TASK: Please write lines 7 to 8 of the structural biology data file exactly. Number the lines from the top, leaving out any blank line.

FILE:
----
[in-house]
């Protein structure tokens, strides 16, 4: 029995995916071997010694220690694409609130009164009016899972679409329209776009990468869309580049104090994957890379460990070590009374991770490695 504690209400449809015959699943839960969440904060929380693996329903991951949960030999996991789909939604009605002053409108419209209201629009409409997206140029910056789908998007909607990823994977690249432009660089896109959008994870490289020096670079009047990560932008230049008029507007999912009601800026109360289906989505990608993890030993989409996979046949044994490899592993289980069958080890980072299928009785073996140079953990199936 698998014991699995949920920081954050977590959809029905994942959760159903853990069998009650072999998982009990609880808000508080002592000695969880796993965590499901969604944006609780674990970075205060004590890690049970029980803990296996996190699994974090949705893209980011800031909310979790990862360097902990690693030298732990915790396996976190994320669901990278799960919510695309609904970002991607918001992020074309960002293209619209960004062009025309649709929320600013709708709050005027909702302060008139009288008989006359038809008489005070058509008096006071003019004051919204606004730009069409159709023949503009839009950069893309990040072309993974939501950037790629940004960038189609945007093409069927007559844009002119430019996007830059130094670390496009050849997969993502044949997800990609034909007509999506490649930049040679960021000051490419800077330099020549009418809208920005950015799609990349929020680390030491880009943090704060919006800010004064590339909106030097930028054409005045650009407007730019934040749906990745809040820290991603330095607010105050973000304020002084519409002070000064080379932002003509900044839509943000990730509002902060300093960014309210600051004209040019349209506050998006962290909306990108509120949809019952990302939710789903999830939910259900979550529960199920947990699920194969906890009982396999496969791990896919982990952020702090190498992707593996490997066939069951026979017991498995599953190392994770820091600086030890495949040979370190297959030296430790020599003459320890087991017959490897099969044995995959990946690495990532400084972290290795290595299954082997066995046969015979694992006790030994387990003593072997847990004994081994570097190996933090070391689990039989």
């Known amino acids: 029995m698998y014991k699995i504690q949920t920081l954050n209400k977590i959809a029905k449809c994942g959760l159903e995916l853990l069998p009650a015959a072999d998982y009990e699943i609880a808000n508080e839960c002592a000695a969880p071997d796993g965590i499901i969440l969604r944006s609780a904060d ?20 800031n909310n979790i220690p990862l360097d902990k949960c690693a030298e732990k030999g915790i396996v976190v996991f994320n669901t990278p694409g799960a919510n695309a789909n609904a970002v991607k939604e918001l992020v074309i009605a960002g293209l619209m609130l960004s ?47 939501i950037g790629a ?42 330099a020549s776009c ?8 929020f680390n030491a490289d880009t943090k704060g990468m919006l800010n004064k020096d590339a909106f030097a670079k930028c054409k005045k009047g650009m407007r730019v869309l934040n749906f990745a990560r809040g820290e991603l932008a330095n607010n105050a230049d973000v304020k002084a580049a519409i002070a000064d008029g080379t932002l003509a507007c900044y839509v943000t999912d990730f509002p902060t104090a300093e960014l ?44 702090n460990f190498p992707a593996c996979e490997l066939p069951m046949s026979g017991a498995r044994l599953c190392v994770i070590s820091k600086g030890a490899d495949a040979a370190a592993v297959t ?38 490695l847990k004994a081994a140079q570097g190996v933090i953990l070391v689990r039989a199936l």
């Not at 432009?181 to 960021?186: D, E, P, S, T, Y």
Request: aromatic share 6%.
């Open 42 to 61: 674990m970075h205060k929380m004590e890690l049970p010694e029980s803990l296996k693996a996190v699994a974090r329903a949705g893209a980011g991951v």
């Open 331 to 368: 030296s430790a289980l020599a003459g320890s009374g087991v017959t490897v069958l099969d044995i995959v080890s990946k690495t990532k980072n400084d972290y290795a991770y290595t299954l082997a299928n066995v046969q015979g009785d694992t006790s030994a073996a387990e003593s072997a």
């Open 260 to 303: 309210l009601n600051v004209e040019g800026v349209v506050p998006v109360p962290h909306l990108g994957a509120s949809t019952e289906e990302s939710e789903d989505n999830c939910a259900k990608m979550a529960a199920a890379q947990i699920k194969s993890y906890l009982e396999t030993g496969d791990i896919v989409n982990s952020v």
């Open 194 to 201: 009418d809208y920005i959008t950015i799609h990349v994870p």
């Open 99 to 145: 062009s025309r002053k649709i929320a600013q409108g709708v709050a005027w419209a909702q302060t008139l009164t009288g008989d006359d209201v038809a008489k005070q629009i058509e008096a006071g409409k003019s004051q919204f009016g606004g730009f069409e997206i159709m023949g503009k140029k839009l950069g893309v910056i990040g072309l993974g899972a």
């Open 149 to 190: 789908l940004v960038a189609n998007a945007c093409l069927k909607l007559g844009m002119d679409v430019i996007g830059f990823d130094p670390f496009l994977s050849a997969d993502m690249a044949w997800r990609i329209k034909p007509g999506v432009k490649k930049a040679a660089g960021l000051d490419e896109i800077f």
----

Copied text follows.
């Open 331 to 368: 030296s430790a289980l020599a003459g320890s009374g087991v017959t490897v069958l099969d044995i995959v080890s990946k690495t990532k980072n400084d972290y290795a991770y290595t299954l082997a299928n066995v046969q015979g009785d694992t006790s030994a073996a387990e003593s072997a």
């Open 260 to 303: 309210l009601n600051v004209e040019g800026v349209v506050p998006v109360p962290h909306l990108g994957a509120s949809t019952e289906e990302s939710e789903d989505n999830c939910a259900k990608m979550a529960a199920a890379q947990i699920k194969s993890y906890l009982e396999t030993g496969d791990i896919v989409n982990s952020v």